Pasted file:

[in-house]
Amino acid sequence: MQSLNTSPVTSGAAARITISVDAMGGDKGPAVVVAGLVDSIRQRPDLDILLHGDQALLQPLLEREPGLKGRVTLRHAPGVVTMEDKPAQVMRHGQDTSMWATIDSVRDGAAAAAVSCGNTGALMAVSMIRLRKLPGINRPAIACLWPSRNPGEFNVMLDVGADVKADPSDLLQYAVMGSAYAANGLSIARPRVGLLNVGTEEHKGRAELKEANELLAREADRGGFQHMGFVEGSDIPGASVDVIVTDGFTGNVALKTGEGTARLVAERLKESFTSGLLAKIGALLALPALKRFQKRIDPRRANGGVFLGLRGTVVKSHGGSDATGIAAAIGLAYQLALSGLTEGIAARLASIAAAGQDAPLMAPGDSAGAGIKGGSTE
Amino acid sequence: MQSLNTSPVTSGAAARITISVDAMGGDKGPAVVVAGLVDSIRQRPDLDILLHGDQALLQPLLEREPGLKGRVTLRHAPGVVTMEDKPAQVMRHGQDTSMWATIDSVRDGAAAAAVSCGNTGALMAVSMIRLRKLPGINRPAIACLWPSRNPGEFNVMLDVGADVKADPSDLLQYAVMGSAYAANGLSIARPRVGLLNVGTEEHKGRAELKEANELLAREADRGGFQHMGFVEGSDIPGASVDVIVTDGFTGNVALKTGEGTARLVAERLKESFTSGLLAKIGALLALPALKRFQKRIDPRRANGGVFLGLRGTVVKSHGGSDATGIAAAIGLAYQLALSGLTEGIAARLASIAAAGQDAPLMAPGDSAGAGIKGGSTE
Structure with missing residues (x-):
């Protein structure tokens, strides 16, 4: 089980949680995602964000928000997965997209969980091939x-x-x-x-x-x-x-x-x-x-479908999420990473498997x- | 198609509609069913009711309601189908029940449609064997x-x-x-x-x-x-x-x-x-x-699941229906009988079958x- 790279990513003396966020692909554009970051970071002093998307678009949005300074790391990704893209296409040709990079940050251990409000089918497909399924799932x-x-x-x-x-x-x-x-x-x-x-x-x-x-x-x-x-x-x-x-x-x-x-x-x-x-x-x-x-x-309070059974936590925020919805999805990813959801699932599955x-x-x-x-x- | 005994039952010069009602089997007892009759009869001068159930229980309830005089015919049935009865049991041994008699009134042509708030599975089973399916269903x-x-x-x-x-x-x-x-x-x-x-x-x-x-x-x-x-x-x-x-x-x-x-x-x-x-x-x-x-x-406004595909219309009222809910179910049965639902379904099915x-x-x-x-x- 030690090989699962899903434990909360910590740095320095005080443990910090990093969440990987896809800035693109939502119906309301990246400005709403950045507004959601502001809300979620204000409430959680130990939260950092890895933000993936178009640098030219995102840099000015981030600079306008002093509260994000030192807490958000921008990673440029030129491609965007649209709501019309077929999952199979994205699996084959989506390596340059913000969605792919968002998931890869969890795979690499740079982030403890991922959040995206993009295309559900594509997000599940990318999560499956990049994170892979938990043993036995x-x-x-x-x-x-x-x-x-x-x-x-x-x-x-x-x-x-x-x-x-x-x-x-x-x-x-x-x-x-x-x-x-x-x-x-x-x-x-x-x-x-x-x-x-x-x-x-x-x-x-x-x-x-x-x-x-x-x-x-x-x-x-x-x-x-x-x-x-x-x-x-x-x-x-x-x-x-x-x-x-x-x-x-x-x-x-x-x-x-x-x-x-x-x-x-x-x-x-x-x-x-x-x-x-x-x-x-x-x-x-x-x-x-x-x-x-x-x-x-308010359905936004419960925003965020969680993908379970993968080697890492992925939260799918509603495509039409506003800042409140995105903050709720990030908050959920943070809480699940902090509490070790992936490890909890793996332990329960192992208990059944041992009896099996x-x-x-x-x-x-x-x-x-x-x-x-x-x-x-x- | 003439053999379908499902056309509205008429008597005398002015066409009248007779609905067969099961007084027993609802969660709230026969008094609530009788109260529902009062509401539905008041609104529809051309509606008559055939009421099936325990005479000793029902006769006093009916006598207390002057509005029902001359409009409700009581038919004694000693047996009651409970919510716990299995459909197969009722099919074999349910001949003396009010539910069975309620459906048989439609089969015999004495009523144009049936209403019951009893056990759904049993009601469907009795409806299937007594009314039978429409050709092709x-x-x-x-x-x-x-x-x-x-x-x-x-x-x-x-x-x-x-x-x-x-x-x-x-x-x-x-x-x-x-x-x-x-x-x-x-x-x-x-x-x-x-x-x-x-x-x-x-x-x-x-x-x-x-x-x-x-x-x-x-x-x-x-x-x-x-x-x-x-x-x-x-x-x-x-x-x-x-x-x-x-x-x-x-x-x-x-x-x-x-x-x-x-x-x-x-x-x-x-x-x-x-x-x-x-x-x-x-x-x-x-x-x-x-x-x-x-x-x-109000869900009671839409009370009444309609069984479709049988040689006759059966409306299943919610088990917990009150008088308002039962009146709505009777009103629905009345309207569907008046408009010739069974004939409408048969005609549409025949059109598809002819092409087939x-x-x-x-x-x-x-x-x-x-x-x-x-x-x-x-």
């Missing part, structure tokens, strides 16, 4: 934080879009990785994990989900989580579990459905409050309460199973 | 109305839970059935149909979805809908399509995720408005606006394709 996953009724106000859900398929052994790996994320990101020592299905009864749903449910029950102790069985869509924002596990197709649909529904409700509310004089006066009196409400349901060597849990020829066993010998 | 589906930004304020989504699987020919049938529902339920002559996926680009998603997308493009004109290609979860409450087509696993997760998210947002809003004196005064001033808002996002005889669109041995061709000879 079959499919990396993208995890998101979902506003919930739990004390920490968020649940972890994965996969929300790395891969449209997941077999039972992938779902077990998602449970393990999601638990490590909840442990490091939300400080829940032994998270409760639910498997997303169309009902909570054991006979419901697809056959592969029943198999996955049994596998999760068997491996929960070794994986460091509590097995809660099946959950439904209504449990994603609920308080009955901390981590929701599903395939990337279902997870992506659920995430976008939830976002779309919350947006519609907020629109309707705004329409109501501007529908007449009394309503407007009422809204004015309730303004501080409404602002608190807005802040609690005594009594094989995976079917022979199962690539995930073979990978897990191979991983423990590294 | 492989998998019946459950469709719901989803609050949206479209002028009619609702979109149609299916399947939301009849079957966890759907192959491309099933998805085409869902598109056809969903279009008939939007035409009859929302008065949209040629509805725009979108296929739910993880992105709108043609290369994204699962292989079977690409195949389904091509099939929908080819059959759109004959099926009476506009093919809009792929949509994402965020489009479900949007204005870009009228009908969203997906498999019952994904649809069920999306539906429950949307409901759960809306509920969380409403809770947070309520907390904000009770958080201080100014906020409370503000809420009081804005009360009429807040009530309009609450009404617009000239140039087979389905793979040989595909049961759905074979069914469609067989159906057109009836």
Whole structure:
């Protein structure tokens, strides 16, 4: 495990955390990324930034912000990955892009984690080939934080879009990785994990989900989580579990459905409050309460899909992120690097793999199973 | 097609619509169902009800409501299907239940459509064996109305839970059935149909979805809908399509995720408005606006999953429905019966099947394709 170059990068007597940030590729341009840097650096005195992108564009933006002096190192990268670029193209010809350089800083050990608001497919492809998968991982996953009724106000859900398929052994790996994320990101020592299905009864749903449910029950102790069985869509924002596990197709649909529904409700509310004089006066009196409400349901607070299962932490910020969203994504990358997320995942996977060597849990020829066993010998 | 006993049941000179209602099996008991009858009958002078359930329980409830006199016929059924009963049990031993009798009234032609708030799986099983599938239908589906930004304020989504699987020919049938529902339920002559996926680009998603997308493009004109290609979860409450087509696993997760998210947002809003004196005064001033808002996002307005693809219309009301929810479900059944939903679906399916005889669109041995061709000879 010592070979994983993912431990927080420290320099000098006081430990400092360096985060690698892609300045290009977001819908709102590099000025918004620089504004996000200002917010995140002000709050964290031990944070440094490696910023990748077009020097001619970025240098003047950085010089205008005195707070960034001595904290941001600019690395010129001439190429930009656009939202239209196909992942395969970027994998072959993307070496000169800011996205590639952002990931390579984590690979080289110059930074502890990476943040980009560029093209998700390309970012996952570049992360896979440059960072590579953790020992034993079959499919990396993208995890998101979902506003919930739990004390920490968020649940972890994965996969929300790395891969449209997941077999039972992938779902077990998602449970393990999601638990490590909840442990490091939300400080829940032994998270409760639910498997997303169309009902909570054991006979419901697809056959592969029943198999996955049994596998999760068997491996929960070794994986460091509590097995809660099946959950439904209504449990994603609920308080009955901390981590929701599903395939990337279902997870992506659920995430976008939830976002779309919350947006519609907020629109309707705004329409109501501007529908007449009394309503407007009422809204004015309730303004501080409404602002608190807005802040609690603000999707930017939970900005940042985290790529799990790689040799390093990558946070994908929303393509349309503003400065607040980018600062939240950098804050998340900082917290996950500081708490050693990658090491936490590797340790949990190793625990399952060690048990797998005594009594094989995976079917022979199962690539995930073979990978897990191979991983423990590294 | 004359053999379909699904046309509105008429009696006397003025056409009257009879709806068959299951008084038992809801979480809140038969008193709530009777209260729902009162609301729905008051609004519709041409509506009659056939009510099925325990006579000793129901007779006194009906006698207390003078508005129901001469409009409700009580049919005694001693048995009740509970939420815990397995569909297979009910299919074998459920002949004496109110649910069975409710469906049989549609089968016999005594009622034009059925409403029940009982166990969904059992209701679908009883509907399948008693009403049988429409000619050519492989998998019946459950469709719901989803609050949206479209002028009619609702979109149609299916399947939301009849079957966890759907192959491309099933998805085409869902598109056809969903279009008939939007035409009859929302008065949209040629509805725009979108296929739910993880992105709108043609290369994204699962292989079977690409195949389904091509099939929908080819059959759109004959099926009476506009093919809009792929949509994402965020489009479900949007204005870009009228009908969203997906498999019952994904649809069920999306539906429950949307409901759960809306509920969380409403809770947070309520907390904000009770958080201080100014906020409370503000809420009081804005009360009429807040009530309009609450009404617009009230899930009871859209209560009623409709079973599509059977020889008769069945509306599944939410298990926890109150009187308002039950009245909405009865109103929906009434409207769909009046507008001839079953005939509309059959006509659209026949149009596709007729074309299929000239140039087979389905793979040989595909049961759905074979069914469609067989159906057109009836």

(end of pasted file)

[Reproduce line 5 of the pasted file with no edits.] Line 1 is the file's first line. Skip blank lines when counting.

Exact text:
């Protein structure tokens, strides 16, 4: 089980949680995602964000928000997965997209969980091939x-x-x-x-x-x-x-x-x-x-479908999420990473498997x- | 198609509609069913009711309601189908029940449609064997x-x-x-x-x-x-x-x-x-x-699941229906009988079958x- 790279990513003396966020692909554009970051970071002093998307678009949005300074790391990704893209296409040709990079940050251990409000089918497909399924799932x-x-x-x-x-x-x-x-x-x-x-x-x-x-x-x-x-x-x-x-x-x-x-x-x-x-x-x-x-x-309070059974936590925020919805999805990813959801699932599955x-x-x-x-x- | 005994039952010069009602089997007892009759009869001068159930229980309830005089015919049935009865049991041994008699009134042509708030599975089973399916269903x-x-x-x-x-x-x-x-x-x-x-x-x-x-x-x-x-x-x-x-x-x-x-x-x-x-x-x-x-x-406004595909219309009222809910179910049965639902379904099915x-x-x-x-x- 030690090989699962899903434990909360910590740095320095005080443990910090990093969440990987896809800035693109939502119906309301990246400005709403950045507004959601502001809300979620204000409430959680130990939260950092890895933000993936178009640098030219995102840099000015981030600079306008002093509260994000030192807490958000921008990673440029030129491609965007649209709501019309077929999952199979994205699996084959989506390596340059913000969605792919968002998931890869969890795979690499740079982030403890991922959040995206993009295309559900594509997000599940990318999560499956990049994170892979938990043993036995x-x-x-x-x-x-x-x-x-x-x-x-x-x-x-x-x-x-x-x-x-x-x-x-x-x-x-x-x-x-x-x-x-x-x-x-x-x-x-x-x-x-x-x-x-x-x-x-x-x-x-x-x-x-x-x-x-x-x-x-x-x-x-x-x-x-x-x-x-x-x-x-x-x-x-x-x-x-x-x-x-x-x-x-x-x-x-x-x-x-x-x-x-x-x-x-x-x-x-x-x-x-x-x-x-x-x-x-x-x-x-x-x-x-x-x-x-x-x-x-308010359905936004419960925003965020969680993908379970993968080697890492992925939260799918509603495509039409506003800042409140995105903050709720990030908050959920943070809480699940902090509490070790992936490890909890793996332990329960192992208990059944041992009896099996x-x-x-x-x-x-x-x-x-x-x-x-x-x-x-x- | 003439053999379908499902056309509205008429008597005398002015066409009248007779609905067969099961007084027993609802969660709230026969008094609530009788109260529902009062509401539905008041609104529809051309509606008559055939009421099936325990005479000793029902006769006093009916006598207390002057509005029902001359409009409700009581038919004694000693047996009651409970919510716990299995459909197969009722099919074999349910001949003396009010539910069975309620459906048989439609089969015999004495009523144009049936209403019951009893056990759904049993009601469907009795409806299937007594009314039978429409050709092709x-x-x-x-x-x-x-x-x-x-x-x-x-x-x-x-x-x-x-x-x-x-x-x-x-x-x-x-x-x-x-x-x-x-x-x-x-x-x-x-x-x-x-x-x-x-x-x-x-x-x-x-x-x-x-x-x-x-x-x-x-x-x-x-x-x-x-x-x-x-x-x-x-x-x-x-x-x-x-x-x-x-x-x-x-x-x-x-x-x-x-x-x-x-x-x-x-x-x-x-x-x-x-x-x-x-x-x-x-x-x-x-x-x-x-x-x-x-x-x-109000869900009671839409009370009444309609069984479709049988040689006759059966409306299943919610088990917990009150008088308002039962009146709505009777009103629905009345309207569907008046408009010739069974004939409408048969005609549409025949059109598809002819092409087939x-x-x-x-x-x-x-x-x-x-x-x-x-x-x-x-």